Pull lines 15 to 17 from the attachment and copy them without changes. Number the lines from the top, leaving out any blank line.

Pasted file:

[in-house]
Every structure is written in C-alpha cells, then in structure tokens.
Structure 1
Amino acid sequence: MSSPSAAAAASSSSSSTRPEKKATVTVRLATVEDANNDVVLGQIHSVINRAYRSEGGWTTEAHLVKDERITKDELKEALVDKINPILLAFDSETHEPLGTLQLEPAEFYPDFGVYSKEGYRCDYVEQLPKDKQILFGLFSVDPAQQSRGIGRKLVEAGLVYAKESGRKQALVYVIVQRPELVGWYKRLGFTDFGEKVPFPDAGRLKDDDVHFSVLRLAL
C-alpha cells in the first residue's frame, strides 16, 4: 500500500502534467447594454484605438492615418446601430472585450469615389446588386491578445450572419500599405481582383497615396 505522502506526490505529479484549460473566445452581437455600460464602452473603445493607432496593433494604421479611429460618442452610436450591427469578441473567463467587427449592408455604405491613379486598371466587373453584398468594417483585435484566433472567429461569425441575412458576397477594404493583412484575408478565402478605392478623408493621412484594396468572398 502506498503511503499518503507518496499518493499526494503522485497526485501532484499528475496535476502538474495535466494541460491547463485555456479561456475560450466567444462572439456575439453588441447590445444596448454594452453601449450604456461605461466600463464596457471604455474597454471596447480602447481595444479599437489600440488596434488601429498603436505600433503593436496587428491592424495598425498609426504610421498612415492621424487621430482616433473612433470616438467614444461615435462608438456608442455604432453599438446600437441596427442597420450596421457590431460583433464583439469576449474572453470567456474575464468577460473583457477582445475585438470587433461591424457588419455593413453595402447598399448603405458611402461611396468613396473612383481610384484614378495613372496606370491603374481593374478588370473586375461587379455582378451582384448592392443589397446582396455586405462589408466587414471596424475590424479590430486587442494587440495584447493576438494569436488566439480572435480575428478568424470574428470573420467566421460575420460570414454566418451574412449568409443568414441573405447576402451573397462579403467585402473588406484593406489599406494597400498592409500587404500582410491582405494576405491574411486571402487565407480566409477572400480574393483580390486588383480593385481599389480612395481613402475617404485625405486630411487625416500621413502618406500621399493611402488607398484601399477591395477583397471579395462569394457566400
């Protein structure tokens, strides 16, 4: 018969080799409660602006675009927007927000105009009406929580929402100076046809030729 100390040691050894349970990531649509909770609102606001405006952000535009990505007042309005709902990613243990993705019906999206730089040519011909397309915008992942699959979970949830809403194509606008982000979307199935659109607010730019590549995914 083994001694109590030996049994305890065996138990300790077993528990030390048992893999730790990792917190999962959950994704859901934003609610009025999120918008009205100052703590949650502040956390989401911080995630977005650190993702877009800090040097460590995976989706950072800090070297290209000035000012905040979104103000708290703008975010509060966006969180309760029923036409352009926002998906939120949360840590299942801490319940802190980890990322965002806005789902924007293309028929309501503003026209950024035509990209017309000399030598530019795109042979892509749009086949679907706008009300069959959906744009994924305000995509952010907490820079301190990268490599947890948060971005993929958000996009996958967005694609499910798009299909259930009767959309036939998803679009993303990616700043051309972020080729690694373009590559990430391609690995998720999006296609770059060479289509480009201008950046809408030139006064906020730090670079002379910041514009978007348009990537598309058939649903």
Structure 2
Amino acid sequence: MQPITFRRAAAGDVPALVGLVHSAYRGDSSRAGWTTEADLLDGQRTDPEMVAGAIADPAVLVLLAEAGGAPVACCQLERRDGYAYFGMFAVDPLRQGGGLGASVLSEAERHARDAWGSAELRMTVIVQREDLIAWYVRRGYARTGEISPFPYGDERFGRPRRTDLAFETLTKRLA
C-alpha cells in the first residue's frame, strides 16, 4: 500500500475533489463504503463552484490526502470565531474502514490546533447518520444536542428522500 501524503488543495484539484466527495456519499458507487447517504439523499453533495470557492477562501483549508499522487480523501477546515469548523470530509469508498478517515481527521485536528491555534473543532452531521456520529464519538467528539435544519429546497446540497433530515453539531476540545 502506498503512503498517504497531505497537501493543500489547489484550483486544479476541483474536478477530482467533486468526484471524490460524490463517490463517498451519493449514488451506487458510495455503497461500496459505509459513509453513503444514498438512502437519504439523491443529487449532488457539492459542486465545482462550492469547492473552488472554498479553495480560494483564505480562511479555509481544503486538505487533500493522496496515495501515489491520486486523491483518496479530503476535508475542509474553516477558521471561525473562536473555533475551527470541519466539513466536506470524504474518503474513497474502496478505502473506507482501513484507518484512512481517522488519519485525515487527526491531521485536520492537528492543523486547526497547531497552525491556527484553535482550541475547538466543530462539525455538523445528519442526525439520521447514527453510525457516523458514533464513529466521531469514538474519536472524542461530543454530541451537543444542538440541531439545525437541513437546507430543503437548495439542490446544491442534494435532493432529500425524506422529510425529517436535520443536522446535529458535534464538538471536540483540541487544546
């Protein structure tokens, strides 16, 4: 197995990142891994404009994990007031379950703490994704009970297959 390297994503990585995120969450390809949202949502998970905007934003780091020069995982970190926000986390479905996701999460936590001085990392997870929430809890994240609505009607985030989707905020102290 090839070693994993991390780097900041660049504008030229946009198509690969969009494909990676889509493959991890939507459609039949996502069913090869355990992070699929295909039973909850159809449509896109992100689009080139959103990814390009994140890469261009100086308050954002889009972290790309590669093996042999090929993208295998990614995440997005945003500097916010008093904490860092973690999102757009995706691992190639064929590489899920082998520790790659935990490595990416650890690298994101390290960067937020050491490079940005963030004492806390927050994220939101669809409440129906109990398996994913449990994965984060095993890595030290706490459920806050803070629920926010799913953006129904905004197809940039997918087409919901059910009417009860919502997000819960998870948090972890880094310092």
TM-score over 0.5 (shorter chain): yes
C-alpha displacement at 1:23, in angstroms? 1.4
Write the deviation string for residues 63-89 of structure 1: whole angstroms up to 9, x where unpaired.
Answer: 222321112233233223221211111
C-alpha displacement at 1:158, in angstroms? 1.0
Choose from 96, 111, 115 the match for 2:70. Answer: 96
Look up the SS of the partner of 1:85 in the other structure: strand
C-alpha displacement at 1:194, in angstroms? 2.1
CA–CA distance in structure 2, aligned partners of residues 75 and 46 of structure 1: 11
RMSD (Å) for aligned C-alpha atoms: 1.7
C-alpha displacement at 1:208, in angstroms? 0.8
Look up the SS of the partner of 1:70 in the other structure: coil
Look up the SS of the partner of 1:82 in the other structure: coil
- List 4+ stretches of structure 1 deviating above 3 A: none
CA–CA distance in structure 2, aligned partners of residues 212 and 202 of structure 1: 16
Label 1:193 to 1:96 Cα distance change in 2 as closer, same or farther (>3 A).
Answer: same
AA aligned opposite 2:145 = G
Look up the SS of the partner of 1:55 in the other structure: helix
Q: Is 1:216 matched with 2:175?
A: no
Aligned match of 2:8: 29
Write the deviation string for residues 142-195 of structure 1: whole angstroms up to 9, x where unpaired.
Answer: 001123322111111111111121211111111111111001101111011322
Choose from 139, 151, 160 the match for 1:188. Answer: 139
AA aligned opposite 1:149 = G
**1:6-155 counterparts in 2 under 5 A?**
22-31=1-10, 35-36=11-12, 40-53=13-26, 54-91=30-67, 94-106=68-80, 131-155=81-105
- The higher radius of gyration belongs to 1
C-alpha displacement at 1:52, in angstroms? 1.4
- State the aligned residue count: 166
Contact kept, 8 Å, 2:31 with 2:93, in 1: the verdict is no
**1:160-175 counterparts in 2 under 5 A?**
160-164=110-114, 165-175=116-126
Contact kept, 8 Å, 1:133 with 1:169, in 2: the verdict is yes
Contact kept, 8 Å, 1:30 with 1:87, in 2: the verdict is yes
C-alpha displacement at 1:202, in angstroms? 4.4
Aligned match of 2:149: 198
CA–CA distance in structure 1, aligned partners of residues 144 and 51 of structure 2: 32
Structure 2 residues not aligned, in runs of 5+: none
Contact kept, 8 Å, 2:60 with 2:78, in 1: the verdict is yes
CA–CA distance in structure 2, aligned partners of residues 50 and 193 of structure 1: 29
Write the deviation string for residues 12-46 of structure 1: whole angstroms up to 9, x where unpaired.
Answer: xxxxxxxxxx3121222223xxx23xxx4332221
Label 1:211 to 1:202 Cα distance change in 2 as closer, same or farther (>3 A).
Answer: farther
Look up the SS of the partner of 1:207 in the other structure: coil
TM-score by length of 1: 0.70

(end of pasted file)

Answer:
C-alpha displacement at 1:158, in angstroms? 1.0
Choose from 96, 111, 115 the match for 2:70. Answer: 96
Look up the SS of the partner of 1:85 in the other structure: strand